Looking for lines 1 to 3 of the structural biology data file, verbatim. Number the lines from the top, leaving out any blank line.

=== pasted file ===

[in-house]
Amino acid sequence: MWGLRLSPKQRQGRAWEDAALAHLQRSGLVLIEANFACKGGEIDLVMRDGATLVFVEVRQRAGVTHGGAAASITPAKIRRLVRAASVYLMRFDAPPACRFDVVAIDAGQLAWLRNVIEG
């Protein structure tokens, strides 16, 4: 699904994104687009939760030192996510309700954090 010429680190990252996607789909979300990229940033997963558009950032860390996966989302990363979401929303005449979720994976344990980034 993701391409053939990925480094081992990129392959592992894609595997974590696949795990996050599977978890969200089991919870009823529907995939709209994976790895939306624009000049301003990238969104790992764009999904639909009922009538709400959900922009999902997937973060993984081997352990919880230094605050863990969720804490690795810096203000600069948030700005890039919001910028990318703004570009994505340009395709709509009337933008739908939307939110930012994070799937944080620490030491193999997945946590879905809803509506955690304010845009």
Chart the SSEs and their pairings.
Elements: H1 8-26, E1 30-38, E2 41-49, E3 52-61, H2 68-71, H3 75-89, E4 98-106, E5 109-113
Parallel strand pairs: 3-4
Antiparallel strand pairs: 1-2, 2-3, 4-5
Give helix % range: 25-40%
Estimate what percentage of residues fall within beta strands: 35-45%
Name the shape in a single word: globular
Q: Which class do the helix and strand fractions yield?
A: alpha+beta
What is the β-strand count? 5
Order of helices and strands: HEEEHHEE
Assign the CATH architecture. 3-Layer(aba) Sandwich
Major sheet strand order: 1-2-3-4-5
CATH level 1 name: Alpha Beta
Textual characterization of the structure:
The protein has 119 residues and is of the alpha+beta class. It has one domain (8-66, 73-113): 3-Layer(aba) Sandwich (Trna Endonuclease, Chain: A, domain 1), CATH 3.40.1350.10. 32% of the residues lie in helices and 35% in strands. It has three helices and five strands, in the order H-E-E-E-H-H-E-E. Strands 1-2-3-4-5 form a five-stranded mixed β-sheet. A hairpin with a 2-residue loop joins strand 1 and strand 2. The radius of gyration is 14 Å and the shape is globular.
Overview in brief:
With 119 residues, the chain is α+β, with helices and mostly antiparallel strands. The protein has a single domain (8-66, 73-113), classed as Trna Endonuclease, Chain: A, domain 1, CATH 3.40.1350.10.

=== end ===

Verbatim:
[in-house]
Amino acid sequence: MWGLRLSPKQRQGRAWEDAALAHLQRSGLVLIEANFACKGGEIDLVMRDGATLVFVEVRQRAGVTHGGAAASITPAKIRRLVRAASVYLMRFDAPPACRFDVVAIDAGQLAWLRNVIEG
């Protein structure tokens, strides 16, 4: 699904994104687009939760030192996510309700954090 010429680190990252996607789909979300990229940033997963558009950032860390996966989302990363979401929303005449979720994976344990980034 993701391409053939990925480094081992990129392959592992894609595997974590696949795990996050599977978890969200089991919870009823529907995939709209994976790895939306624009000049301003990238969104790992764009999904639909009922009538709400959900922009999902997937973060993984081997352990919880230094605050863990969720804490690795810096203000600069948030700005890039919001910028990318703004570009994505340009395709709509009337933008739908939307939110930012994070799937944080620490030491193999997945946590879905809803509506955690304010845009």